There was nothing. Plan B.

    Summoning all his strength, he hoisted his mother up off the chair, subsequently laying her down on the floor. As each part of her bones grew weaker, fading like a flame against breath, her face became paler. “Mum.” he choked through tears, almost a question in the way he said it. “Mum.”

    Abandoning his attempts to communicate with her, he stretched his arms, desperately trying to grasp the phone. As his trembling hands struggled to hold the phone, his fingers pushed the numbers.

    Nine. Behind him, his mother lay limp.

    Nine. Ringing in his ears, the scream persisted.

    Nine. The calm voice on the other end startled him, a stark contrast to the fear that hung over him.

    Stuttering while he gave the address, Dan hoped the ambulance got here soon. Hope was useless. Unable to move, his mother let out an incoherent grunt to call her distressed son over. Hoarse words forced through chokes.

    “I love you.”

    *He needed to get home before the storm swelled. He’d stopped singing, stopped playing. But the game continued. Three.*

    A guttural sound from his mother followed like thunder follows lightning. There was something primal in the way she was screaming now. Inhuman. “MUM!” he was begging now. There was nothing he could do. It had already begun, the curse crawling inwards: first the ends of the body, then the limbs. Converging in the middle, her collarbone and pelvis started to break off. If everything were quiet, you’d hear the prolonged whisper of her bones disappearing. A dearth of structure of her flesh made itself apparent, her innards now relying on very little. There was something sick and twisted in the way this happened, with Dan looking on in horror. He had no idea what was happening to his poor mother, but he had to watch. He had to watch a vicious cycle of screaming, vomiting, choking. He could tell it was getting worse.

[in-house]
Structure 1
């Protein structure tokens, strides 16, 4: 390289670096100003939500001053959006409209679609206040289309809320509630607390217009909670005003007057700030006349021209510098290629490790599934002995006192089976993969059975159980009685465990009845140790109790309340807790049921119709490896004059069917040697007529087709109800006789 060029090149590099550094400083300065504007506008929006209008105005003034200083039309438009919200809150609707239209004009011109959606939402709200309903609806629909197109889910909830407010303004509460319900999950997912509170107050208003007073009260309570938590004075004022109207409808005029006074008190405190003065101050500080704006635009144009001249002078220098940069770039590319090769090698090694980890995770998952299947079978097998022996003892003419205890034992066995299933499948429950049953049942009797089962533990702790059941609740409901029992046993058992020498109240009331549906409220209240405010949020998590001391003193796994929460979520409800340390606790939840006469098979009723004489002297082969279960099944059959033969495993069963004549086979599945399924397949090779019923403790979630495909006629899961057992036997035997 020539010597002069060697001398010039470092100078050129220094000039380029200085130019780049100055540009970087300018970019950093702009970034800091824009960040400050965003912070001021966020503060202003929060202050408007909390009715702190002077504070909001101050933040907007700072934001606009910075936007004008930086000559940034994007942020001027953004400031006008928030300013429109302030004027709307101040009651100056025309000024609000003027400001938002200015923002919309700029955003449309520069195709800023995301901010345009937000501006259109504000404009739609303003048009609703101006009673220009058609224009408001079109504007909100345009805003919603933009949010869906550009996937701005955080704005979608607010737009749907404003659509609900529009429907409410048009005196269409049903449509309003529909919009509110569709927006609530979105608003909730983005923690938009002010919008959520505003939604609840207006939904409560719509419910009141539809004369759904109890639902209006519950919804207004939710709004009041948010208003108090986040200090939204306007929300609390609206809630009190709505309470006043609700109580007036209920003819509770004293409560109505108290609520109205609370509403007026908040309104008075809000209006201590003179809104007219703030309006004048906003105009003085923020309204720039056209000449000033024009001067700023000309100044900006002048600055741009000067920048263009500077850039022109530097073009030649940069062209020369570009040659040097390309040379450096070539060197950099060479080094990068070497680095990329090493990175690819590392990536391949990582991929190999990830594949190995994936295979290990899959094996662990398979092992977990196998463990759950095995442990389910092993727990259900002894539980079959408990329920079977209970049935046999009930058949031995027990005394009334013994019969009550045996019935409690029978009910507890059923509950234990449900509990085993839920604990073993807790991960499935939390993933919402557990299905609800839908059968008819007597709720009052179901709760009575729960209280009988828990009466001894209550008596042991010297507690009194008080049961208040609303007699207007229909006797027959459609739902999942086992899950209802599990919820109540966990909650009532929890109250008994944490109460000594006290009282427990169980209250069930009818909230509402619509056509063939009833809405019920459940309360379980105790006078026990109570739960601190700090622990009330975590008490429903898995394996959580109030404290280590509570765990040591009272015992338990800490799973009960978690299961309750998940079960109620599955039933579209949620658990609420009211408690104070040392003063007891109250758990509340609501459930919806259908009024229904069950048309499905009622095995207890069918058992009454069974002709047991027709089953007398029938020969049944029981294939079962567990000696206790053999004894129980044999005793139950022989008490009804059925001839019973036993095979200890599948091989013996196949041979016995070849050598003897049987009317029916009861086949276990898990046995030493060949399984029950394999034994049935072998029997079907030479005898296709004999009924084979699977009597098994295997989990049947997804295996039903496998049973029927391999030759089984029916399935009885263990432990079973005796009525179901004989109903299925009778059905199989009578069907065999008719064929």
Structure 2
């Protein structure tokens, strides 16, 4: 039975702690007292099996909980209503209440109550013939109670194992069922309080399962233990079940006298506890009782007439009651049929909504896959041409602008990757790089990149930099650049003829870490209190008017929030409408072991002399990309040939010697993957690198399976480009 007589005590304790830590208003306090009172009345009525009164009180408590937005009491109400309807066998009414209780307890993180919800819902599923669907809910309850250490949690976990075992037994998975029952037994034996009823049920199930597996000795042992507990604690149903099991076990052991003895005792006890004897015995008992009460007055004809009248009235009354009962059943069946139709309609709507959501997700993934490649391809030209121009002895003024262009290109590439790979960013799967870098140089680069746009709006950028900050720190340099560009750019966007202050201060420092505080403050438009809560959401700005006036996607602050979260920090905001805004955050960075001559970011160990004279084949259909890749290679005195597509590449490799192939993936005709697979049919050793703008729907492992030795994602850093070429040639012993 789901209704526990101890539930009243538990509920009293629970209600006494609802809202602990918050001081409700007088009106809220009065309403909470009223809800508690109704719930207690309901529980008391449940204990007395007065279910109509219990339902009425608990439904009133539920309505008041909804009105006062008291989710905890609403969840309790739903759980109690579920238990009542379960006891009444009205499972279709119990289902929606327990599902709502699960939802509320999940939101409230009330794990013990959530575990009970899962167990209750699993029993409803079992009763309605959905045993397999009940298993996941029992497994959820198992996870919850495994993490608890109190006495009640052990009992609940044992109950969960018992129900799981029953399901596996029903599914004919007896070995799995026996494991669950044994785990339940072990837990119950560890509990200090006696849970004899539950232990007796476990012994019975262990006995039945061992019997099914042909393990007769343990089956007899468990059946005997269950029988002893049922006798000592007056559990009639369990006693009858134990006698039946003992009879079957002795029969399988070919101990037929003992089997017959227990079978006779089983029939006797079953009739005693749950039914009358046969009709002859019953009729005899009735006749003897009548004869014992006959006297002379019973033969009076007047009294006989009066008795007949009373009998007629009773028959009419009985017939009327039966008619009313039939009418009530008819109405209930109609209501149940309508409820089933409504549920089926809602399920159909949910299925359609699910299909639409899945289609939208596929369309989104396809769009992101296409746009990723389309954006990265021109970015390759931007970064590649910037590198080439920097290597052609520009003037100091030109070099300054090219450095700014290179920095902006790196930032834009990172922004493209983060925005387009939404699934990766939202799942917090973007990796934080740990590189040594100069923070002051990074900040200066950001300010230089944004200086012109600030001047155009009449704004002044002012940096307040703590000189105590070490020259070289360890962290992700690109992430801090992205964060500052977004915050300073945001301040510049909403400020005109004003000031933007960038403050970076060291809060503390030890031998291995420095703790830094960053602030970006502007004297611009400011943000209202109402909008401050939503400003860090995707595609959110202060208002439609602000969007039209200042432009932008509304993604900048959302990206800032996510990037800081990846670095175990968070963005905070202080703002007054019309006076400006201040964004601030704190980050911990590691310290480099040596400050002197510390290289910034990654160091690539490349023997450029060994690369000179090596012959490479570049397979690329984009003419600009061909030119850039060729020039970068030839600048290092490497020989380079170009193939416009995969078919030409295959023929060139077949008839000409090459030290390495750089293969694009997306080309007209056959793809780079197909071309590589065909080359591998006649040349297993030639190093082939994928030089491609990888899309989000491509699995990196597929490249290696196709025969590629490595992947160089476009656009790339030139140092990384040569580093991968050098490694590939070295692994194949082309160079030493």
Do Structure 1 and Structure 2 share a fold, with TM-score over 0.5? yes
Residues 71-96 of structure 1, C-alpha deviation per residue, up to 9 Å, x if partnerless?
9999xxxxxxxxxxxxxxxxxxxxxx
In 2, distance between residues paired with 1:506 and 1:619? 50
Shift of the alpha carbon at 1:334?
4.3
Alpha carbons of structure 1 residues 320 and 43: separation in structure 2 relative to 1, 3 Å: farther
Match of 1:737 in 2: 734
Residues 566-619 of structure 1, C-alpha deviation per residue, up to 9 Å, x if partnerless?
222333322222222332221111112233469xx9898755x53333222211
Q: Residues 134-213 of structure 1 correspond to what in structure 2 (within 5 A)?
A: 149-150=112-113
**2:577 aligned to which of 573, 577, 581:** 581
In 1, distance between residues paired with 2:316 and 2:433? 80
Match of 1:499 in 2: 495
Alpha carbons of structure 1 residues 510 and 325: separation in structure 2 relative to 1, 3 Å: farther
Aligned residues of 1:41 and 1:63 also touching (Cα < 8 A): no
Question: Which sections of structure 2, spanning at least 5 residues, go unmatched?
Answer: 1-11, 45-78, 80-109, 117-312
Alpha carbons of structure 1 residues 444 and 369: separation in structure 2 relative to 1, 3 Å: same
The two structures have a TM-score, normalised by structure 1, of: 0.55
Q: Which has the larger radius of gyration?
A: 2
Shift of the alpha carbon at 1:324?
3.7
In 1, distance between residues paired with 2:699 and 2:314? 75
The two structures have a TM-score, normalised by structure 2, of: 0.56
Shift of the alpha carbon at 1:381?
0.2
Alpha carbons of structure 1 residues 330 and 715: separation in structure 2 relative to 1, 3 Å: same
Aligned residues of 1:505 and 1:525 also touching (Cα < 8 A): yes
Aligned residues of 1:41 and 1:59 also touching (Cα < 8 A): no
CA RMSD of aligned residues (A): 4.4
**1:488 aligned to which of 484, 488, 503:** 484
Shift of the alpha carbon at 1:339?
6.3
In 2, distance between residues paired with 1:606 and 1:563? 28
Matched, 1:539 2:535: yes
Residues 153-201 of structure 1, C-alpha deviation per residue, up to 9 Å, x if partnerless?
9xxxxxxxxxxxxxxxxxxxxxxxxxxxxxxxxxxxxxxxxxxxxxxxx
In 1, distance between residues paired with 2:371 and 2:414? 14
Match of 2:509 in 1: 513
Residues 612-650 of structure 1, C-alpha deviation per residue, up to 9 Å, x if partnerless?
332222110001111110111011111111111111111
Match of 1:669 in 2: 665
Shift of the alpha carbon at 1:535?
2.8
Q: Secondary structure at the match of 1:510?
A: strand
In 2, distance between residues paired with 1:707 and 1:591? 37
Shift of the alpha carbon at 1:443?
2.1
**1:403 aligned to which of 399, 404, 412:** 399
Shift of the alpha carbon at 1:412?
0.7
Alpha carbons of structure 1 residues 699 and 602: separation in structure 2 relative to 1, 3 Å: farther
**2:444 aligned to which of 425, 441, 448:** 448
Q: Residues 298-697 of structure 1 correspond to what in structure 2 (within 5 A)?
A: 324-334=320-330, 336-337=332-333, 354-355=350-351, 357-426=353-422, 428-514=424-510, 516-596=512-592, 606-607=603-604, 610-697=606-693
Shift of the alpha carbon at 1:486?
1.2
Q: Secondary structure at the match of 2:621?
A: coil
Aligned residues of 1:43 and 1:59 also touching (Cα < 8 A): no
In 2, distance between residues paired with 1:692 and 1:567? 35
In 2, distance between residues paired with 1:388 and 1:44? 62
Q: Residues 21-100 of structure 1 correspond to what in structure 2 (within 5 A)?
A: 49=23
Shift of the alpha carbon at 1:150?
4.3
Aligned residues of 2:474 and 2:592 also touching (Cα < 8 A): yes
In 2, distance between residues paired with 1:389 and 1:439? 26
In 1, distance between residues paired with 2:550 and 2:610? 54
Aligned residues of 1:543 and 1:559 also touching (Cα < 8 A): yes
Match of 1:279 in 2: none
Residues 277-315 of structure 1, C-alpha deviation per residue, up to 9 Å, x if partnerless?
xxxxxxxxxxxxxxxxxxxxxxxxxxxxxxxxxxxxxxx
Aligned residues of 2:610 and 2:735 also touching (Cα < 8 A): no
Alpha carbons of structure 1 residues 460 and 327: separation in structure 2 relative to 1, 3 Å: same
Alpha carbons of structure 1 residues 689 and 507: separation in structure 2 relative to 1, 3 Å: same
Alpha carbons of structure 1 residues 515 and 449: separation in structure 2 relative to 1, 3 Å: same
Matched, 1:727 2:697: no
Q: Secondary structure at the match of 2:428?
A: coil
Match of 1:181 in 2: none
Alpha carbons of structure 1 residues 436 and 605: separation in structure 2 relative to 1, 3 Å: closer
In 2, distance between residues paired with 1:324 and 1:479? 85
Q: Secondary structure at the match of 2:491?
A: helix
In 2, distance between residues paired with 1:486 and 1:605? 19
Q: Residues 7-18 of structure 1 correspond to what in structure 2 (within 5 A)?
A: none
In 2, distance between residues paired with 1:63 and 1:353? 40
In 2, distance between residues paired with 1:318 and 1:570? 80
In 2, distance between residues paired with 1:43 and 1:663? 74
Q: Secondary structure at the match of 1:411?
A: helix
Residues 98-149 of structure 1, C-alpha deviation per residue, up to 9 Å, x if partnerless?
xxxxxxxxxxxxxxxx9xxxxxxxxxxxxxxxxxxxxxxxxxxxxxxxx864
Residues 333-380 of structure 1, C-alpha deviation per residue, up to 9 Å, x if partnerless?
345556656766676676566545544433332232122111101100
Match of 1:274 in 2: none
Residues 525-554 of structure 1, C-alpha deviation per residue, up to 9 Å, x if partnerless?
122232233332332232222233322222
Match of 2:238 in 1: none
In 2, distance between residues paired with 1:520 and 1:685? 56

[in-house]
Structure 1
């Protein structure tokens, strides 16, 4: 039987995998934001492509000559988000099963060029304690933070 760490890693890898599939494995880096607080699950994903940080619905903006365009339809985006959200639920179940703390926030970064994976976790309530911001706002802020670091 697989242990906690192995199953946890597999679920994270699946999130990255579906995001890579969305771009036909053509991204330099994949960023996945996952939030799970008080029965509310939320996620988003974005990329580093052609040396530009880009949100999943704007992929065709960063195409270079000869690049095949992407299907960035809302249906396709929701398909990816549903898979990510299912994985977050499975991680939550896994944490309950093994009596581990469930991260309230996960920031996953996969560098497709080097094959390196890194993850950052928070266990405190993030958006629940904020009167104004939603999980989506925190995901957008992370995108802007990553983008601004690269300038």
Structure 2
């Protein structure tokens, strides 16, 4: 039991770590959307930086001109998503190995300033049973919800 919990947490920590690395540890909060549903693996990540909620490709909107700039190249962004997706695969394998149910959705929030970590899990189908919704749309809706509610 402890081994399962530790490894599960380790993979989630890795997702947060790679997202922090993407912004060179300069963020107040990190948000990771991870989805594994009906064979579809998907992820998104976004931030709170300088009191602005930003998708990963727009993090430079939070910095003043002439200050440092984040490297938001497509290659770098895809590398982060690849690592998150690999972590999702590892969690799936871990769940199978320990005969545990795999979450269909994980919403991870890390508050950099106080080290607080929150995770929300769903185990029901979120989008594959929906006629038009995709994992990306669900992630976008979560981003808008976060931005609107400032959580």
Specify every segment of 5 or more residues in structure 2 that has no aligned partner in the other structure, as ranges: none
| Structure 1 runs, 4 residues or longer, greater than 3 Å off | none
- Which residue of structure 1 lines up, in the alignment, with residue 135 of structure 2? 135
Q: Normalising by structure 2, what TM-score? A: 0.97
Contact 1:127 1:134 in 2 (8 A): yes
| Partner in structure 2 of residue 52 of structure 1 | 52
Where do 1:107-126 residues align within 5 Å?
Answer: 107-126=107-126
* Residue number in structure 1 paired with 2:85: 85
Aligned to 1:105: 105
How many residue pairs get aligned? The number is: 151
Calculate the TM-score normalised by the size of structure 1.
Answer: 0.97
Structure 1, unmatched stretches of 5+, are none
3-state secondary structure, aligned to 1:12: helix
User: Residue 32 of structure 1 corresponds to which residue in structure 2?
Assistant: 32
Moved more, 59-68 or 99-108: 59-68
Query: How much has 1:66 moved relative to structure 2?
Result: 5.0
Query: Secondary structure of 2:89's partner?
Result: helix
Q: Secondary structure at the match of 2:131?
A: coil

Over the multitude of sounds exuding from his mother, he heard another. Something new. Tyres screeched outside his home, an ambulance arriving at the house. Three figures rushed in, tears blurring them, and they knelt down to examine the nearly lifeless body. Despite the chaos, she lost consciousness and her eyelids closed, possibly for the last time.